WASHINGTON, July 27 (Reuters) - Former President Donald Trump's preferred candidate for a U.S. House seat in Texas was projected to lose a special runoff election on Tuesday, defeated by a fellow Republican who raised far more campaign cash, the Texas Tribune newspaper said.
Susan Wright, a 58-year-old Republican activist whom Trump endorsed in April, had sought to finish her late husband Representative Ron Wright's term in the House.
But the newspaper projected that Wright would lose to Texas state legislator Jake Ellzey in Texas' 6th congressional district, a longtime Republican-held district outside Dallas. Ellzey was ahead 52.9% to 47.1% for Wright, with 90% of precincts reporting, according to state data that stopped short of declaring a winner.
The two Republicans emerged from 23 candidates in the first round of voting May 1, with Democrats shut out of the contest.
Wright had been expected to do well because Trump weighed in for her in a special election, normally a low-turnout affair.
The state's Republican governor, Greg Abbott, in a statement congratulated Ellzey, calling him "a strong and effective leader."
Trump endorsed Wright in April. His political action committee made a last-minute $100,000 television ad buy for her over the weekend, campaign finance records show, and he made a personal pitch for her during a telephone rally Monday night.
"Ellzey’s victory suggests a Trump endorsement may not be all that is cracked up to be, while also highlighting Wright’s weakness as a candidate and the ineffectual campaign she and her advisors ran, hoping to coast to victory based on Trump’s endorsement," said Mark Jones, a Rice University political science professor.
The result will reduce Democrats' narrow 220-211 majority in the U.S. House by one seat as Congress prepares to try to pass Democratic President Joe Biden's sweeping $1.2 trillion infrastructure bill.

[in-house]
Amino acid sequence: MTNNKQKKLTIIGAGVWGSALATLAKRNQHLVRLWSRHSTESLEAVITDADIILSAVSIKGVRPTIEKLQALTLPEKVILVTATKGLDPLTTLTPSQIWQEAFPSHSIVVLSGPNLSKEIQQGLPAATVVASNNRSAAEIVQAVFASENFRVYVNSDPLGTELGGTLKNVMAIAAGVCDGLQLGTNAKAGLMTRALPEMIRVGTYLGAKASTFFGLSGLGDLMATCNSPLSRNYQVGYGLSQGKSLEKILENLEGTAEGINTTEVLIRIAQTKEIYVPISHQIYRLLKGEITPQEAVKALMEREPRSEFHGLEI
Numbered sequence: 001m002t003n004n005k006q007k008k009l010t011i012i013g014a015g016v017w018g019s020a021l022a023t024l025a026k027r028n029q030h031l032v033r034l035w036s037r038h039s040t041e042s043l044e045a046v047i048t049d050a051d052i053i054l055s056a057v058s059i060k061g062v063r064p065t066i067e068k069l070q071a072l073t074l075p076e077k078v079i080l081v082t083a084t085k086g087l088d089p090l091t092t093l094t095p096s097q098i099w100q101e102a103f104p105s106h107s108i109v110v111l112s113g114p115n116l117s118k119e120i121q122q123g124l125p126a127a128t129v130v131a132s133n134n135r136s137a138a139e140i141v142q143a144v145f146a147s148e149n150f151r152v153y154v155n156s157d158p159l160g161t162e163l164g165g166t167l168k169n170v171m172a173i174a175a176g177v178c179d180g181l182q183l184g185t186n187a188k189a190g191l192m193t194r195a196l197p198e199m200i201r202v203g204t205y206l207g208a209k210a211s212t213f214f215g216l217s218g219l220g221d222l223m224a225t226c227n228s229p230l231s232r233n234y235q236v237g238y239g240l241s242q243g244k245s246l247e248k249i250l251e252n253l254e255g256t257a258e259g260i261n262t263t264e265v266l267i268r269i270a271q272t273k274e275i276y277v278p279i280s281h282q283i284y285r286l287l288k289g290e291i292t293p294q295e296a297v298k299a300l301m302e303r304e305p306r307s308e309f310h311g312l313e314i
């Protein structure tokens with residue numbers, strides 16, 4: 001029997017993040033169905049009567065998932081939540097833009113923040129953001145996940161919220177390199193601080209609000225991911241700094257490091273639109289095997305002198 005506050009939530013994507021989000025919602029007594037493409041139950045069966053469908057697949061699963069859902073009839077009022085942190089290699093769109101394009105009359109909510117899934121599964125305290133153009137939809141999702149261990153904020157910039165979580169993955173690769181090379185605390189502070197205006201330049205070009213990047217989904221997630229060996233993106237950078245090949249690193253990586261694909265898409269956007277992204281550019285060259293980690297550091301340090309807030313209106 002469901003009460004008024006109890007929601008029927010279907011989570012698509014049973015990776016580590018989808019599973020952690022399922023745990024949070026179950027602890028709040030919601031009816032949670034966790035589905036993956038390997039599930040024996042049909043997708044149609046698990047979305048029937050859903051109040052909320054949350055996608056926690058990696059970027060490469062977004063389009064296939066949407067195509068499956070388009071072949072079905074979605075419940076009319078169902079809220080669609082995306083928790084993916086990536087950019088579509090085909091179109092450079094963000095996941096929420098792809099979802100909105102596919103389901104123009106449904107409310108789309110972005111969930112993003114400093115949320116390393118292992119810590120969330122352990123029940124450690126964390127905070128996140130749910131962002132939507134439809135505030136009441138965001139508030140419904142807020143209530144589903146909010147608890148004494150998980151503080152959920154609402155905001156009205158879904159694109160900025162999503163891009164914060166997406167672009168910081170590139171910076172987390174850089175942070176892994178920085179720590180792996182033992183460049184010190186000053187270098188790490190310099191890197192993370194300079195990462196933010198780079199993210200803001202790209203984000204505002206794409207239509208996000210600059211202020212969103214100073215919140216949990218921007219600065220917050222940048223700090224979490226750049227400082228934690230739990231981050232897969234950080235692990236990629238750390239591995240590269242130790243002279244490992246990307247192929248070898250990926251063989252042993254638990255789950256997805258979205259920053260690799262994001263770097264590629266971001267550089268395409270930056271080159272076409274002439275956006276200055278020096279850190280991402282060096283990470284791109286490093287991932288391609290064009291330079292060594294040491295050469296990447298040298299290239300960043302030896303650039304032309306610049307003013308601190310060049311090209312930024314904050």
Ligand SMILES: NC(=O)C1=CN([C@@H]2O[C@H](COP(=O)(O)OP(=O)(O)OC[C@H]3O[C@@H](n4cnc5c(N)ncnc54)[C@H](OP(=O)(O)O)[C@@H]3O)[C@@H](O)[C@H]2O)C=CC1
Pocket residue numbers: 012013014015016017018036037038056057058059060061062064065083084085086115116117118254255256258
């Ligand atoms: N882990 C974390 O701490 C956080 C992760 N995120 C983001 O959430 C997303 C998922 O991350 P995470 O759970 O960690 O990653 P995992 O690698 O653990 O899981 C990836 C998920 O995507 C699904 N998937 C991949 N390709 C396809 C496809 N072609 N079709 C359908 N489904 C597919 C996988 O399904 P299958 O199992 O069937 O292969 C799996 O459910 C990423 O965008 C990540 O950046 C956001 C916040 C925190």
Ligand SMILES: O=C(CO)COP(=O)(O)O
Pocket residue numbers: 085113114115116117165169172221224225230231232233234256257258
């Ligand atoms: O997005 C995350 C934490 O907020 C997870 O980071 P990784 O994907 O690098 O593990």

Ron Wright died of COVID-19 on Feb. 7.
In addition to being a Texas state representative, Ellzey is a former Navy fighter pilot who flew combat missions in Afghanistan and Iraq. He far exceeded Wright in fundraising, taking in $1.7 million through July 7, $1 million more than Wright, according to Federal Election Commission data.
Trump won the district by three percentage points in the 2020 presidential election, a nine-point slide from four years earlier.
The Trump-allied fund-raising arm of the conservative Club for Growth based in Washington, D.C., says it has spent over $1 million in television ads and mailers for Wright. The ads proclaimed Trump's endorsement of Wright and sharply attacked Ellzey, charging that Democrats are trying to get him elected.
Ahead of the voting, Democrats said they were not keen about turning out to vote for either Republican. Jana Lynne Sanchez, the Democrat who was edged out of the runoff by 354 votes in May, when there were 23 candidates on the ballot, said of the candidates: "They are both very far right."
(This story corrects paragraph 11 to show Ellzey is currently a Texas state representative)
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